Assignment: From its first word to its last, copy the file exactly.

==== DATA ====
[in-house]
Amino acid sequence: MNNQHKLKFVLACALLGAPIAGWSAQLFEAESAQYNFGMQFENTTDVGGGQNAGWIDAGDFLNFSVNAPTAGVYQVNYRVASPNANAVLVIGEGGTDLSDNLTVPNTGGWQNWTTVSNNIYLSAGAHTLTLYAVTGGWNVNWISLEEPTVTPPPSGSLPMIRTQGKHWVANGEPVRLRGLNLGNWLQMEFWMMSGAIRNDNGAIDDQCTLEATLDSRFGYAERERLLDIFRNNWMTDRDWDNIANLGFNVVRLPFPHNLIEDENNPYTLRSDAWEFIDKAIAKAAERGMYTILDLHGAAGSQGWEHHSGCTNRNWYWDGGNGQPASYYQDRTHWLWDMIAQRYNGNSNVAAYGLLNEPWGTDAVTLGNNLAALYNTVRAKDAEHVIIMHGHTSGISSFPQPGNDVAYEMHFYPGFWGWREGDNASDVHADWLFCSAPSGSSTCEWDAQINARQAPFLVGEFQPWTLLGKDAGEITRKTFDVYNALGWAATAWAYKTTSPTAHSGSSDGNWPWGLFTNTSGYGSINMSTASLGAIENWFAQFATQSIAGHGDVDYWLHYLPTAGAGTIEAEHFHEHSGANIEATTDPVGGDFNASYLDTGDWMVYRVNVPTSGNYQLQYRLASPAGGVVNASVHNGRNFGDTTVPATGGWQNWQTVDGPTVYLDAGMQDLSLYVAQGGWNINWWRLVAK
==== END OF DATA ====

[in-house]
Amino acid sequence: MNNQHKLKFVLACALLGAPIAGWSAQLFEAESAQYNFGMQFENTTDVGGGQNAGWIDAGDFLNFSVNAPTAGVYQVNYRVASPNANAVLVIGEGGTDLSDNLTVPNTGGWQNWTTVSNNIYLSAGAHTLTLYAVTGGWNVNWISLEEPTVTPPPSGSLPMIRTQGKHWVANGEPVRLRGLNLGNWLQMEFWMMSGAIRNDNGAIDDQCTLEATLDSRFGYAERERLLDIFRNNWMTDRDWDNIANLGFNVVRLPFPHNLIEDENNPYTLRSDAWEFIDKAIAKAAERGMYTILDLHGAAGSQGWEHHSGCTNRNWYWDGGNGQPASYYQDRTHWLWDMIAQRYNGNSNVAAYGLLNEPWGTDAVTLGNNLAALYNTVRAKDAEHVIIMHGHTSGISSFPQPGNDVAYEMHFYPGFWGWREGDNASDVHADWLFCSAPSGSSTCEWDAQINARQAPFLVGEFQPWTLLGKDAGEITRKTFDVYNALGWAATAWAYKTTSPTAHSGSSDGNWPWGLFTNTSGYGSINMSTASLGAIENWFAQFATQSIAGHGDVDYWLHYLPTAGAGTIEAEHFHEHSGANIEATTDPVGGDFNASYLDTGDWMVYRVNVPTSGNYQLQYRLASPAGGVVNASVHNGRNFGDTTVPATGGWQNWQTVDGPTVYLDAGMQDLSLYVAQGGWNINWWRLVAK